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Kastelli at Linnankangas, Pattijoki, is situated on an imposing moraine ridge in a forest landscape typical of northern Ostrobothnia, with pine forests alternating with open marshes. This type of construction, which according to legend was built by giants, is only found in the coastal areas of the gulf of Bothnia. There are about 30 known constructions of this kind. Kastelli at Pattijoki is the largest of them; it is a rectangular rampart measuring 36 x 62 meters built in an area which used to be a rocky shore. The rampart, which is two meters high in its present state, has six gateways.
In the environs are more than twenty rock cairns, a representative group of ten trapping holes and a stone age dwelling site lower on the slope. Excavations were made at Kastelli in the 1920s. The findings, especially the schist material, date the "giant's church" of Kastelli at about 2000 BC.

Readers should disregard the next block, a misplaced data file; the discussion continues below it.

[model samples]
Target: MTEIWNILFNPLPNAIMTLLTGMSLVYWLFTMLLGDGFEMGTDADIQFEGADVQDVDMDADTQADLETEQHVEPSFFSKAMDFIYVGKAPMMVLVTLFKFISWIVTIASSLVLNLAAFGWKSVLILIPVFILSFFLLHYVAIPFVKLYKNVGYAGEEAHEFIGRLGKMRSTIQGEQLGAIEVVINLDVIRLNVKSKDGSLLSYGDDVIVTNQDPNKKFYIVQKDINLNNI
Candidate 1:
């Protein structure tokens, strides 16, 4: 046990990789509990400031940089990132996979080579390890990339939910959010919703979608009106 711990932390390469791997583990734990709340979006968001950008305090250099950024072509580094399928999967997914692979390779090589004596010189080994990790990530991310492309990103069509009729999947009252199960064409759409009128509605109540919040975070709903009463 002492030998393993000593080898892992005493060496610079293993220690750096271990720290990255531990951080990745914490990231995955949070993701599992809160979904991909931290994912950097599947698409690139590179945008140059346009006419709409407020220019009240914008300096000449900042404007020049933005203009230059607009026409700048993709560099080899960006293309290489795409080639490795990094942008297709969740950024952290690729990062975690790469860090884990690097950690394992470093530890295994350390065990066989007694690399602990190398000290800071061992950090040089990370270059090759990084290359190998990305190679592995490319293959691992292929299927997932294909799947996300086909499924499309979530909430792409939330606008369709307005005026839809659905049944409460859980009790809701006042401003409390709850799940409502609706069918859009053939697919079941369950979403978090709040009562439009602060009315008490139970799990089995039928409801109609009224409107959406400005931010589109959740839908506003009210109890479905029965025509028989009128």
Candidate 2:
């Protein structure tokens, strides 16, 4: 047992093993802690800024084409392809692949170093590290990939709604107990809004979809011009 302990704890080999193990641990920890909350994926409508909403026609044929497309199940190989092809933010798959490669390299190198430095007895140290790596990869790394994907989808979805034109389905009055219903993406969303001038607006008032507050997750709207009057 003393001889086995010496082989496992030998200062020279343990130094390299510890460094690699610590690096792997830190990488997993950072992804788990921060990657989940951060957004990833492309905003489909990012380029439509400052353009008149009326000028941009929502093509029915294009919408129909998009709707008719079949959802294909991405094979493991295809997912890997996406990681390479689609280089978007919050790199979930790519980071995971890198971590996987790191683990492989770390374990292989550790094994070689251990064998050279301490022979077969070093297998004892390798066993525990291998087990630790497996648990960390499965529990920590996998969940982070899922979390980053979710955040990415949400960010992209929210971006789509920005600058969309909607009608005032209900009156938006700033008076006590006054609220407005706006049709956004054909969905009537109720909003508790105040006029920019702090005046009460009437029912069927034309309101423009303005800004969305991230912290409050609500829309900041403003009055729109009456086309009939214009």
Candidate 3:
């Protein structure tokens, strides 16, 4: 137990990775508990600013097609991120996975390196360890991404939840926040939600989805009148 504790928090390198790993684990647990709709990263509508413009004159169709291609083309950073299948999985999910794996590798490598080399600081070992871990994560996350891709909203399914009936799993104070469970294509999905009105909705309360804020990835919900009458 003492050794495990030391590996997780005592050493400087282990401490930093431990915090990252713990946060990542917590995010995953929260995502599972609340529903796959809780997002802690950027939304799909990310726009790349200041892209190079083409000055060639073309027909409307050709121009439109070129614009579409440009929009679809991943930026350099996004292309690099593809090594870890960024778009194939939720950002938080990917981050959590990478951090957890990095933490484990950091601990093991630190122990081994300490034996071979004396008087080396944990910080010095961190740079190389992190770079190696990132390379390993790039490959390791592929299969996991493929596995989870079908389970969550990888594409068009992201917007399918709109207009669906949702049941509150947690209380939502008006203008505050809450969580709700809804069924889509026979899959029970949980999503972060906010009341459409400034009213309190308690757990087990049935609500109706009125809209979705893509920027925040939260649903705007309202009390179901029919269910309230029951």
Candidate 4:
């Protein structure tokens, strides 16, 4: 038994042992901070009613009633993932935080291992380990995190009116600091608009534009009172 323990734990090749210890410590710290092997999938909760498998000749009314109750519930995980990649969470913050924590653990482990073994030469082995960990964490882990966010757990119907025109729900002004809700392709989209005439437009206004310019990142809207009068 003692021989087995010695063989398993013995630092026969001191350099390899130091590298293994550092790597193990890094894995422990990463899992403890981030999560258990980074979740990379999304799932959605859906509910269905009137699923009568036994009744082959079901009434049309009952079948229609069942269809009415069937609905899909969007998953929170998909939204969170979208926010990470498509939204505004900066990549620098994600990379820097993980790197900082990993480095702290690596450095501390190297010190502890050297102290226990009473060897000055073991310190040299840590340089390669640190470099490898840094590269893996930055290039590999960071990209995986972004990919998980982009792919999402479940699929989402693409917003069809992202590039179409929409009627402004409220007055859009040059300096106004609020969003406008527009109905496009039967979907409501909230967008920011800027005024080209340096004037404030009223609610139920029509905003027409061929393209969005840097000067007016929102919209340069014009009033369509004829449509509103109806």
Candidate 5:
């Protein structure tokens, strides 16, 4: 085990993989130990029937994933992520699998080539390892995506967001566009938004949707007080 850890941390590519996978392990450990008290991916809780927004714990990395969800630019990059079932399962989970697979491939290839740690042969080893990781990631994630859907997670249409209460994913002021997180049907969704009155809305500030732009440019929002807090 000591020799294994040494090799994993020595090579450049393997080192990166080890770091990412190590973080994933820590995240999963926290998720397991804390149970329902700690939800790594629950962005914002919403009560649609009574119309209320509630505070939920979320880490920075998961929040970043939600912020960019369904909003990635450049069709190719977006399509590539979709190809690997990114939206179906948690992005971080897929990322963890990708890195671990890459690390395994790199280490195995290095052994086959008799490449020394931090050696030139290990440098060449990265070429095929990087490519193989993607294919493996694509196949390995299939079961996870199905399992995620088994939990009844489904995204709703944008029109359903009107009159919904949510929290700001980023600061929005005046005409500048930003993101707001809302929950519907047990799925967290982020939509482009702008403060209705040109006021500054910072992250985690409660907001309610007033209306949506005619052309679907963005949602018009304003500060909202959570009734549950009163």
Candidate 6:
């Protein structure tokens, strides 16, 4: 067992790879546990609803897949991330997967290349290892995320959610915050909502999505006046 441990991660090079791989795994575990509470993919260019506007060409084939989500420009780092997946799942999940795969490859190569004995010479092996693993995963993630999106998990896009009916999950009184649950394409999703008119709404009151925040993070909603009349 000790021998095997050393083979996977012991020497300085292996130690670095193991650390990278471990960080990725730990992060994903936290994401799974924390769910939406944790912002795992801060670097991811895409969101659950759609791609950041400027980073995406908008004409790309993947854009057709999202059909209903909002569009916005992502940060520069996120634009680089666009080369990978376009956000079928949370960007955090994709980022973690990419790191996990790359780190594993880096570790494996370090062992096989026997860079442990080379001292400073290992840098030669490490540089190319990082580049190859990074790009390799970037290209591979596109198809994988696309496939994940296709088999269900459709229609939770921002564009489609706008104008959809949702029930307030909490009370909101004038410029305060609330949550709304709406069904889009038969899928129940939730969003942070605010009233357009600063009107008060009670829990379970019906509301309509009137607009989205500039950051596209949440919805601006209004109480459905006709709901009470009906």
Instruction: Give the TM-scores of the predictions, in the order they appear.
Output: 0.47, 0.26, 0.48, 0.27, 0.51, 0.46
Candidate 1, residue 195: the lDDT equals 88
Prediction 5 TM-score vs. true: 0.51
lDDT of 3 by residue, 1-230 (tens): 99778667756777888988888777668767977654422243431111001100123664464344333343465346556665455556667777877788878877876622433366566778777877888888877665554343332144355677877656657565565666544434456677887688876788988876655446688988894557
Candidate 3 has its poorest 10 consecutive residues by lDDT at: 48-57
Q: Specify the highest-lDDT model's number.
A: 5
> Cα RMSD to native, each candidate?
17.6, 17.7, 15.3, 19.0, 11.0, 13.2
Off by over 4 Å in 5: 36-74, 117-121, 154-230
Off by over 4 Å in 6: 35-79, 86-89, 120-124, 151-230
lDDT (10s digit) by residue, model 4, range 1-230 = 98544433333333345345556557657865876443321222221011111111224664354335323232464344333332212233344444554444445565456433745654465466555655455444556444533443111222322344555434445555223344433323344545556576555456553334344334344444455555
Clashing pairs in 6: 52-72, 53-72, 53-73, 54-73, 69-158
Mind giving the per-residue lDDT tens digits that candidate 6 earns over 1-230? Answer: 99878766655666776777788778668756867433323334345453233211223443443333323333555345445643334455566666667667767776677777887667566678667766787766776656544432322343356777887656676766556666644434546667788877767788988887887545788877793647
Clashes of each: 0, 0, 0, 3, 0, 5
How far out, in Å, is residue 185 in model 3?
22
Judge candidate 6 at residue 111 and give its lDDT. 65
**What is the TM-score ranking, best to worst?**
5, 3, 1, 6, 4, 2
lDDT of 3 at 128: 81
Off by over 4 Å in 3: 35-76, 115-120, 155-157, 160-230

Kastelli at Pattijoki represents the earliest monumental construction in Finland in a form which is rarely found in hunter-catherer cultures. It is likely that the construction was related to the hunting of seals on spring ice away from dwelling places. The rampart is surrounded by stone cairns, which probably represent the remains of holes made for the keeping of killed animals. Having demanded a great deal of work to construct, Kastelli is a concrete manifestation of social organisation in Finland during the Stone Age. Althought it is now situated close to present habitation, this enormous ancient monument complexe has been preserved nearly in its original and natural state.